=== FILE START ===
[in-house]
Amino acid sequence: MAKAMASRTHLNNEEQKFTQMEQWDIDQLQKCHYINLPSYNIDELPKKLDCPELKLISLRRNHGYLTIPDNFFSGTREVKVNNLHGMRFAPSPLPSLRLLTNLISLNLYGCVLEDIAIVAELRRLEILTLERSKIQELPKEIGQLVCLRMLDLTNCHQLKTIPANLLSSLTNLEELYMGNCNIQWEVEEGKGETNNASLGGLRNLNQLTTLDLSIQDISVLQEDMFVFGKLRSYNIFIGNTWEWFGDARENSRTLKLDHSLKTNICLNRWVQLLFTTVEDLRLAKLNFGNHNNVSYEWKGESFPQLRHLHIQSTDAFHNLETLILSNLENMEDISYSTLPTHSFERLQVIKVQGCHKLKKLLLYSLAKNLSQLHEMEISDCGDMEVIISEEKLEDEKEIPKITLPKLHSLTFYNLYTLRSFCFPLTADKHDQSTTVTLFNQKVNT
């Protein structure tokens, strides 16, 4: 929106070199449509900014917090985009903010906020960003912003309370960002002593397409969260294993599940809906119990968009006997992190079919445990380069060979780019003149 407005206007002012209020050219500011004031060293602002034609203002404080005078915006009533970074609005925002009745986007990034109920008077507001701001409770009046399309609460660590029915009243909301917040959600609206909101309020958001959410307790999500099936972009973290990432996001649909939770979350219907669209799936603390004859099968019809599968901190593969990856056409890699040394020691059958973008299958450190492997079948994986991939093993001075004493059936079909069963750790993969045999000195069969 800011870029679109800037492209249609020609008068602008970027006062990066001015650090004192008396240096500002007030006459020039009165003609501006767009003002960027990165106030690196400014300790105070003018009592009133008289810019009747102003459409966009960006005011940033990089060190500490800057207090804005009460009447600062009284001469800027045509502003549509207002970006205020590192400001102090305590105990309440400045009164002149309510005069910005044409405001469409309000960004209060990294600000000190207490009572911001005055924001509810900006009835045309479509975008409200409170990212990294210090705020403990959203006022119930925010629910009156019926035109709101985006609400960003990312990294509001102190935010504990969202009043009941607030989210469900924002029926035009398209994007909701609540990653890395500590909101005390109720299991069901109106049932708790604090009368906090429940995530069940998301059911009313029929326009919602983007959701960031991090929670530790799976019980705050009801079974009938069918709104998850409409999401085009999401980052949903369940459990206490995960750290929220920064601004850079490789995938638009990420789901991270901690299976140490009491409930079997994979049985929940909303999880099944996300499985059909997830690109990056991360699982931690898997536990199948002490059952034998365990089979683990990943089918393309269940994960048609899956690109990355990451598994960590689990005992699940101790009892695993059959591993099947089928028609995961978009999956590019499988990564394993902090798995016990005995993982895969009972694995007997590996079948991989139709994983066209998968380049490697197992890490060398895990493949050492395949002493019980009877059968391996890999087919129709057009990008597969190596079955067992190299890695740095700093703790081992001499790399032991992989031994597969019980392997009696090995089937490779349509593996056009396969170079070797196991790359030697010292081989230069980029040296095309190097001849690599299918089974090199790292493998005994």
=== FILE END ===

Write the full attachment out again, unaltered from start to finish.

[in-house]
Amino acid sequence: MAKAMASRTHLNNEEQKFTQMEQWDIDQLQKCHYINLPSYNIDELPKKLDCPELKLISLRRNHGYLTIPDNFFSGTREVKVNNLHGMRFAPSPLPSLRLLTNLISLNLYGCVLEDIAIVAELRRLEILTLERSKIQELPKEIGQLVCLRMLDLTNCHQLKTIPANLLSSLTNLEELYMGNCNIQWEVEEGKGETNNASLGGLRNLNQLTTLDLSIQDISVLQEDMFVFGKLRSYNIFIGNTWEWFGDARENSRTLKLDHSLKTNICLNRWVQLLFTTVEDLRLAKLNFGNHNNVSYEWKGESFPQLRHLHIQSTDAFHNLETLILSNLENMEDISYSTLPTHSFERLQVIKVQGCHKLKKLLLYSLAKNLSQLHEMEISDCGDMEVIISEEKLEDEKEIPKITLPKLHSLTFYNLYTLRSFCFPLTADKHDQSTTVTLFNQKVNT
């Protein structure tokens, strides 16, 4: 929106070199449509900014917090985009903010906020960003912003309370960002002593397409969260294993599940809906119990968009006997992190079919445990380069060979780019003149 407005206007002012209020050219500011004031060293602002034609203002404080005078915006009533970074609005925002009745986007990034109920008077507001701001409770009046399309609460660590029915009243909301917040959600609206909101309020958001959410307790999500099936972009973290990432996001649909939770979350219907669209799936603390004859099968019809599968901190593969990856056409890699040394020691059958973008299958450190492997079948994986991939093993001075004493059936079909069963750790993969045999000195069969 800011870029679109800037492209249609020609008068602008970027006062990066001015650090004192008396240096500002007030006459020039009165003609501006767009003002960027990165106030690196400014300790105070003018009592009133008289810019009747102003459409966009960006005011940033990089060190500490800057207090804005009460009447600062009284001469800027045509502003549509207002970006205020590192400001102090305590105990309440400045009164002149309510005069910005044409405001469409309000960004209060990294600000000190207490009572911001005055924001509810900006009835045309479509975008409200409170990212990294210090705020403990959203006022119930925010629910009156019926035109709101985006609400960003990312990294509001102190935010504990969202009043009941607030989210469900924002029926035009398209994007909701609540990653890395500590909101005390109720299991069901109106049932708790604090009368906090429940995530069940998301059911009313029929326009919602983007959701960031991090929670530790799976019980705050009801079974009938069918709104998850409409999401085009999401980052949903369940459990206490995960750290929220920064601004850079490789995938638009990420789901991270901690299976140490009491409930079997994979049985929940909303999880099944996300499985059909997830690109990056991360699982931690898997536990199948002490059952034998365990089979683990990943089918393309269940994960048609899956690109990355990451598994960590689990005992699940101790009892695993059959591993099947089928028609995961978009999956590019499988990564394993902090798995016990005995993982895969009972694995007997590996079948991989139709994983066209998968380049490697197992890490060398895990493949050492395949002493019980009877059968391996890999087919129709057009990008597969190596079955067992190299890695740095700093703790081992001499790399032991992989031994597969019980392997009696090995089937490779349509593996056009396969170079070797196991790359030697010292081989230069980029040296095309190097001849690599299918089974090199790292493998005994």